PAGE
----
Out of the 3,000 Americans who responded to Ligonier Ministries’ 2020 State of Theology survey, 30 percent reject the deity of Christ, and an even split argue the Bible is 100 percent accurate (48 percent) and a compilation of myths (48 percent).
The survey has been conducted in partnership with LifeWay Research every two years since 2014. Its goal is “to take the theological temperature of the United States to help Christians better understand today’s culture and equip the church with better insights for discipleship.”
Its findings, Ligonier Ministries CEO Chris Larson says, “shows that people inside the church need clear Bible teaching just as much as those outside the church.”
Individuals are encouraged to take the survey on their own or create a private group survey for a group of friends or members of their church. After you take the survey you can see where your answers fall in comparison to others’.
On the person and work of Jesus Christ
The identity of Jesus of Nazareth has been a source of controversy through the centuries. He personally claimed to be the Son of God and equal with God (Matt. 11:27; Mark 14:61–62; John 10:33). That is why His enemies sought His death.
The Bible and the historic creeds of the Christian church plainly declare that Jesus Christ is truly God and truly man. But critics have often said that Jesus was a great teacher and nothing more. The State of Theology survey now reveals that a majority of adults in the United States hold this view.
However, if Jesus’ claim to be God is false, then He was either delusional or deceptive, but He could not have been a great teacher.
According to the survey:
- Two-thirds agreed that “Biblical accounts of the physical (bodily) resurrection of Jesus are completely accurate. This event actually occurred.”
- 55 percent agreed that “Jesus is the first and greatest being created by God.”
- 52 percent said “Jesus was a great teacher, but he was not God.”
Historically, evangelicals have affirmed the authority of the Bible and salvation by Jesus Christ. The Bible testifies often to the deity of Christ; He is God incarnate, the Word made flesh (John 1:1; 8:58; Rom. 9:5; Heb. 1:1–4). It may be unsurprising that the majority of the general U.S. population rejects the deity of Christ, but now almost a third of evangelicals agree that He was merely a great teacher.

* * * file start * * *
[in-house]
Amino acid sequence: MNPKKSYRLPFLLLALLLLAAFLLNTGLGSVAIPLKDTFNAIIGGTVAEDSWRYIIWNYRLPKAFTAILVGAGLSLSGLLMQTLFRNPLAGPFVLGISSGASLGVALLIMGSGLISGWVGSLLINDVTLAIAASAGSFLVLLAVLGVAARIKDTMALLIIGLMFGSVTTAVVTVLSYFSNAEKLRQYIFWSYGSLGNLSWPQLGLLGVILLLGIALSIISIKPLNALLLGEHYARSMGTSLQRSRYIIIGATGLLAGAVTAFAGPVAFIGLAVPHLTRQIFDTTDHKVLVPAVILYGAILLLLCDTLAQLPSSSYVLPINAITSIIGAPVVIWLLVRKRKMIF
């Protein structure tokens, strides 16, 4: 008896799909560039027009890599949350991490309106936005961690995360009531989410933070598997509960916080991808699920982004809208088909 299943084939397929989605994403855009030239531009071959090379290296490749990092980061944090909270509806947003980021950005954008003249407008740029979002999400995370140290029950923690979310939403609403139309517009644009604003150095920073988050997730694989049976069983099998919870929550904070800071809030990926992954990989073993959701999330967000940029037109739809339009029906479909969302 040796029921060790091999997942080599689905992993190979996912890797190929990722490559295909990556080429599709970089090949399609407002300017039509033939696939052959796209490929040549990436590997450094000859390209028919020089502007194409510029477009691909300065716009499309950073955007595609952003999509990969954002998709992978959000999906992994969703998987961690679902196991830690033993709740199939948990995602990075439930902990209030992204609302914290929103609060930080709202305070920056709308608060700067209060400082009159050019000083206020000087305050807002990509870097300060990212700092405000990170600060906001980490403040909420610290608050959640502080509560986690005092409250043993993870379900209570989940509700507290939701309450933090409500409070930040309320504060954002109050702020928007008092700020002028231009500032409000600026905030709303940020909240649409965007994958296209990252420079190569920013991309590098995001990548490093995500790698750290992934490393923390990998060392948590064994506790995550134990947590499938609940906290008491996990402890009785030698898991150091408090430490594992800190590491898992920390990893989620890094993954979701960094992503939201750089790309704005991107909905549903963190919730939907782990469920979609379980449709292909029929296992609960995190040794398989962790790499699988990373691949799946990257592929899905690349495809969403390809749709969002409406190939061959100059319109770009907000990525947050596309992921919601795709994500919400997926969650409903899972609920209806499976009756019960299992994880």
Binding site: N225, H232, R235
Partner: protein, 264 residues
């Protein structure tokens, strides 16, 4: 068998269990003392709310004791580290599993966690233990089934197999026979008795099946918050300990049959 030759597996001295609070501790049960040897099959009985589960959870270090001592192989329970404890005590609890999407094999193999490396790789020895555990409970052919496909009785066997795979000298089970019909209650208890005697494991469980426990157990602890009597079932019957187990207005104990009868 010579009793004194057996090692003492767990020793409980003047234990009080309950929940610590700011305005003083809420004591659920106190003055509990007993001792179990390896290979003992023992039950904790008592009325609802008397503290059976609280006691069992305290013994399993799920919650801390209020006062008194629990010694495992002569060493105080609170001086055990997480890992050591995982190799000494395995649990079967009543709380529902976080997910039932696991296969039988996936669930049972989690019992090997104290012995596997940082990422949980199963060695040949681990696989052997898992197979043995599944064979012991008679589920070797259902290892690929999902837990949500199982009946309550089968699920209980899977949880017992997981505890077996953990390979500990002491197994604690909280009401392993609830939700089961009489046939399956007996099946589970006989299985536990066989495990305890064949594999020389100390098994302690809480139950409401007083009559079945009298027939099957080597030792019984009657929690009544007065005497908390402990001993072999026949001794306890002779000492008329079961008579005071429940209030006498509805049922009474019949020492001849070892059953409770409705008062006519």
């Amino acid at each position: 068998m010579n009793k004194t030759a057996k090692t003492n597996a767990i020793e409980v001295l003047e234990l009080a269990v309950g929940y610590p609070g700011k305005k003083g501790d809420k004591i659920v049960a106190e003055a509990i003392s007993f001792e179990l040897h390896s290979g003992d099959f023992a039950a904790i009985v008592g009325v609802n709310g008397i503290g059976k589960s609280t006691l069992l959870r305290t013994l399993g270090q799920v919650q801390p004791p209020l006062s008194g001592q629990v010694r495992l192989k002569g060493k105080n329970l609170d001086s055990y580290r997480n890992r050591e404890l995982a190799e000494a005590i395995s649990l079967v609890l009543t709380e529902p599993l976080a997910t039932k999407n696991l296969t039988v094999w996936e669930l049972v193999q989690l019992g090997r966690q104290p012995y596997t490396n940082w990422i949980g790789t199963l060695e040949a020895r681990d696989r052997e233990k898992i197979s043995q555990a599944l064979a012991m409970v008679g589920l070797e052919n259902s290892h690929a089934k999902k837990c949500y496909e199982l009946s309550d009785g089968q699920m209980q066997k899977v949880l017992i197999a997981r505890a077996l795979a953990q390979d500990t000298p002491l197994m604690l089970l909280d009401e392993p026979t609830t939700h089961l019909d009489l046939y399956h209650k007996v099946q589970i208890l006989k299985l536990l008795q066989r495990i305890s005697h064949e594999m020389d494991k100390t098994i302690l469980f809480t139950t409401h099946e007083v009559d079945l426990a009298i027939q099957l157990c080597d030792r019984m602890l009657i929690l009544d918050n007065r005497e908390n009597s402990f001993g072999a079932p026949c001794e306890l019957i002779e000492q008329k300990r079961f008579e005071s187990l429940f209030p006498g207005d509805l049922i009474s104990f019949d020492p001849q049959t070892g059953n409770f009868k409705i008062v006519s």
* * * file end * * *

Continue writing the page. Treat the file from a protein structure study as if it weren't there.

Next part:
These results suggest a significant need for Christians to be taught Christology, the doctrine of the nature and identity of Jesus Christ. The Ligonier Statement on Christology has been formulated to articulate the biblical teaching on the person and work of Christ with accuracy and simplicity.
On the nature of salvation and human nature and the need for salvation
At the heart of the Christian gospel is the declaration that God saves sinners from judgment through His Son Jesus Christ. Moreover, He saves people according to His sovereign purpose and design. The Bible teaches that God decided who would be saved before He even created the world (Rom. 9:23; Eph. 1:4; Titus 1:2). But this view, which tends to humble man and exalt God, is widely rejected by the U.S. population.
The sovereignty of God in salvation is not rejected merely by the American population at large. Only a minority of U.S. evangelicals agree with this biblical doctrine, showing that the influence of Arminian theology remains strong in American evangelical churches. One negative consequence is the undermining of Christian assurance of salvation.